Don't let the name fool you -- this is not a religious paper.
There is on occasion a column devoted to promoting Christian Science,
but it is clearly marked as such and except for that, there are no
The issues are brief; my daily copies are usually 12 pages, and
the overall page size is half of the daily newspapers you receive.
Last Saturday's issue was the most important I've received. Larger
than usual, it contained an extensive year-end movie review section,
which will be invaluable to my wife and me during 2004.
Since we've sworn off television, our alternatives are reading or
watching movies; and we do watch a lot of movies, many of which have
to be screened before the kids can see them. After watching the
second "Lord of the Rings" movie, we determined that it was too
violent and had too many scary images for our 11-year-old son.
The year-end issue of the Monitor proved to be a bonanza. That
issue had their summary reviews of many movies from 2003, and while
the review board seems to have never met a documentary it didn't
like, the recaps were generally right on the money.
But more valuable than their opinions was the straight ahead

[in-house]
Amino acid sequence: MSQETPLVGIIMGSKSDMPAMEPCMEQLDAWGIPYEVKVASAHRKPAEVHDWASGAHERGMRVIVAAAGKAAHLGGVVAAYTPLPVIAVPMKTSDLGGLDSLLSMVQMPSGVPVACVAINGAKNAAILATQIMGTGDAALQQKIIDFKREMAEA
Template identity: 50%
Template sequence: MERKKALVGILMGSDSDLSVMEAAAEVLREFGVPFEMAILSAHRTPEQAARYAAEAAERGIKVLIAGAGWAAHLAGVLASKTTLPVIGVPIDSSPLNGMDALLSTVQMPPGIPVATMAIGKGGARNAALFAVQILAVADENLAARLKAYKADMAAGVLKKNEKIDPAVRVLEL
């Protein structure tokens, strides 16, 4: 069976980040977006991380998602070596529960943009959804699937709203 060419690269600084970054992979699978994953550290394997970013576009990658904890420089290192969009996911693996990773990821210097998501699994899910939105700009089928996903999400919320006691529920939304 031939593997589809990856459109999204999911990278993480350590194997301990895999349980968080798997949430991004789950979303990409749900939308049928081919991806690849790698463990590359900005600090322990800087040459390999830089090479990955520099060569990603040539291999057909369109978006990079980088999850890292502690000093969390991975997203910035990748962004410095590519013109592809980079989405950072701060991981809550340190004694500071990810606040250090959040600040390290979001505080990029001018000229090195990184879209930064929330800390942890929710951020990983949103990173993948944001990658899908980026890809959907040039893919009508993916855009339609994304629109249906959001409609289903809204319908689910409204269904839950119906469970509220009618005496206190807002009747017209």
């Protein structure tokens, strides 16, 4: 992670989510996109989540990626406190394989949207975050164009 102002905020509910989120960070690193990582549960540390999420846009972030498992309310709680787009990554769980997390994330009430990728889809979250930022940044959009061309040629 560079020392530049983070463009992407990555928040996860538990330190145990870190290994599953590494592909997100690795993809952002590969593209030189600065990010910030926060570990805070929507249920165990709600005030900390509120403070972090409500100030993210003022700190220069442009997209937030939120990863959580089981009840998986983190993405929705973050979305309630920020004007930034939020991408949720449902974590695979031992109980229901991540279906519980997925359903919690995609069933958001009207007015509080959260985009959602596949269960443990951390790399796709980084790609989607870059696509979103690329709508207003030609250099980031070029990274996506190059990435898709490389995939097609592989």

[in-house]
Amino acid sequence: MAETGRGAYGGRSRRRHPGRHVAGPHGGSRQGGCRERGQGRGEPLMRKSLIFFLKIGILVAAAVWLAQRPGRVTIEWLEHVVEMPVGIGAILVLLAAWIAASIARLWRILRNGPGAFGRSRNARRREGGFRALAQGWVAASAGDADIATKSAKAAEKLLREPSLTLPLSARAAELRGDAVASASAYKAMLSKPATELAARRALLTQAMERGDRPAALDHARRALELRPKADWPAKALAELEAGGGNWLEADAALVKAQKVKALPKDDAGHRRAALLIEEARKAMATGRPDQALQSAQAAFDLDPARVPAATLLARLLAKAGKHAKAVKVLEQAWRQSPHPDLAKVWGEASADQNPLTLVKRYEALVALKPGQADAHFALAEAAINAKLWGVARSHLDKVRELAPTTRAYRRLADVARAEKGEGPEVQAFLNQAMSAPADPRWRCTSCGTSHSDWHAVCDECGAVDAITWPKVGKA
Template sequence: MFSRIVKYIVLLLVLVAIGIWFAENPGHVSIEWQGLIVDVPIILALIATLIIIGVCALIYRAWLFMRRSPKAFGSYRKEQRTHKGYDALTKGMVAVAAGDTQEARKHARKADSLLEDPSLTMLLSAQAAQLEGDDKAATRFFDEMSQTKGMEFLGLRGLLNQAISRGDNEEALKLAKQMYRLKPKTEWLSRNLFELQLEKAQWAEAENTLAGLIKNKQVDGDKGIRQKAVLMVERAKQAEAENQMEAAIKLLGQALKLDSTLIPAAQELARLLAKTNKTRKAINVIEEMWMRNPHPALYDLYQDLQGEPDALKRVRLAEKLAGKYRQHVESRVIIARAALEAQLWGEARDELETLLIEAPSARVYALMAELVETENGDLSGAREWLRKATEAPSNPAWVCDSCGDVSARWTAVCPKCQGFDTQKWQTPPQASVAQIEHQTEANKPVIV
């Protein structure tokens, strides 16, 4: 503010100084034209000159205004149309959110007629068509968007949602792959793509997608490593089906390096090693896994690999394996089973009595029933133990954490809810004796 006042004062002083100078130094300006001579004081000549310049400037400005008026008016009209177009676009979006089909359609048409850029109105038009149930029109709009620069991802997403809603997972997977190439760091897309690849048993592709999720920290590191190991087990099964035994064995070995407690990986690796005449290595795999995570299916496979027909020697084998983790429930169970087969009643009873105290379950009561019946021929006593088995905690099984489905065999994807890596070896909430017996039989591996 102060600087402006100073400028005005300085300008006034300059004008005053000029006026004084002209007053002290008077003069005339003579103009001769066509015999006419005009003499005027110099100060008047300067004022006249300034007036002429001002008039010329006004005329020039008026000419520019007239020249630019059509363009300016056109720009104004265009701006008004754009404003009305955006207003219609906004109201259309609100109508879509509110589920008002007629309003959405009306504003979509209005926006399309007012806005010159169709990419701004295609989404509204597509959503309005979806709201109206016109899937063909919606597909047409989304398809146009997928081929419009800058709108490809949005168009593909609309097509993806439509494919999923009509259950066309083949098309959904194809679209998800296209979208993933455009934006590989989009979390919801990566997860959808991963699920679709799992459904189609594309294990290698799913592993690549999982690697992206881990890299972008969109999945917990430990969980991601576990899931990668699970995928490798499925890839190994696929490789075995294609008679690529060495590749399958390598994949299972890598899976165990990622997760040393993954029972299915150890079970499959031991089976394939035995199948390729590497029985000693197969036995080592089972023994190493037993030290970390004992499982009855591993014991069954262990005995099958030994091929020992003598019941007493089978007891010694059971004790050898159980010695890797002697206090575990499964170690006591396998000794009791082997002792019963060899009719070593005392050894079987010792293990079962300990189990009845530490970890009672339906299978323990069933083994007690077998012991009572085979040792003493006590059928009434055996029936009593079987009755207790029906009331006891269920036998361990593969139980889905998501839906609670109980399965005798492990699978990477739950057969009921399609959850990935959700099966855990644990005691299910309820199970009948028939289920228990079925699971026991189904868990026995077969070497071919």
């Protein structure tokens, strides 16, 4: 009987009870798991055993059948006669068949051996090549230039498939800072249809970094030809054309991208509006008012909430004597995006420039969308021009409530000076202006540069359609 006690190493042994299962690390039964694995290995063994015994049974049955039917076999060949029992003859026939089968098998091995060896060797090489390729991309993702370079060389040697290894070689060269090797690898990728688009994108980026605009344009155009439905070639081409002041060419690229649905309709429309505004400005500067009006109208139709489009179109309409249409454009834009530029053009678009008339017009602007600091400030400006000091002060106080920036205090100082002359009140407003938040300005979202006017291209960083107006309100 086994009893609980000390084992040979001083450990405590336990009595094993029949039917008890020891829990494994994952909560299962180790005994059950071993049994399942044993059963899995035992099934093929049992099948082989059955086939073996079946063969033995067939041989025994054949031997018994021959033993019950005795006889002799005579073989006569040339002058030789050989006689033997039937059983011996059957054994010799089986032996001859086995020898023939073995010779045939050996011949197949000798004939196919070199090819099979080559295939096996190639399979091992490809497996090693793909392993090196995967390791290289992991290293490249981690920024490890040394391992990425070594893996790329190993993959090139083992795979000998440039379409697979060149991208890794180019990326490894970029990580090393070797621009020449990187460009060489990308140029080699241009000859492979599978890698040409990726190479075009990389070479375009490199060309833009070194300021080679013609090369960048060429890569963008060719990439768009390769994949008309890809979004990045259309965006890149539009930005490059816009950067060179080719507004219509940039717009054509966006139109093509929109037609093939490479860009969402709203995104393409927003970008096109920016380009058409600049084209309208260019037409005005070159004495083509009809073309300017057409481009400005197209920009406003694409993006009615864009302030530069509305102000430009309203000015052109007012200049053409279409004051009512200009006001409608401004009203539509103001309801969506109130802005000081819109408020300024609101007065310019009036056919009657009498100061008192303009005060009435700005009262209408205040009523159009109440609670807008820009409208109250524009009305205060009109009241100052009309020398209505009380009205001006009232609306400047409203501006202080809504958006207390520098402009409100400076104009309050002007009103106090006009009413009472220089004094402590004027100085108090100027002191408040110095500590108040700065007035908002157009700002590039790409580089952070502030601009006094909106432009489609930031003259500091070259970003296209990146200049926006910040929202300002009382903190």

family analysis of all the flicks. Each movie was rated according to
several kid-friendly categories, including violent scenes, sexual
scenes, profanity and scenes of drinking and drugs. So, if the reader
sees a PG-13 rating, for example, and wonders how that was
determined, this list will offer a good, detailed explanation,
including the specific number of violent, sexual or drug scenes, even
the number of four-letter words spoken in the movie and whether those
words were the mild type.
PG-13 seems to be the gray area for parents. PG-13 movies are
rated as such usually because there's too much sex or sexual innuendo
or because there's too much violence. But the PG-13 rating for
violence does not take into account the difference between "real"
violence and "make believe" violence. Real violence is regular people
doing violent things to each other. The make-believe stuff is from
fictional characters doing some outrageous things.
I'm one of those who believes that most kids can make the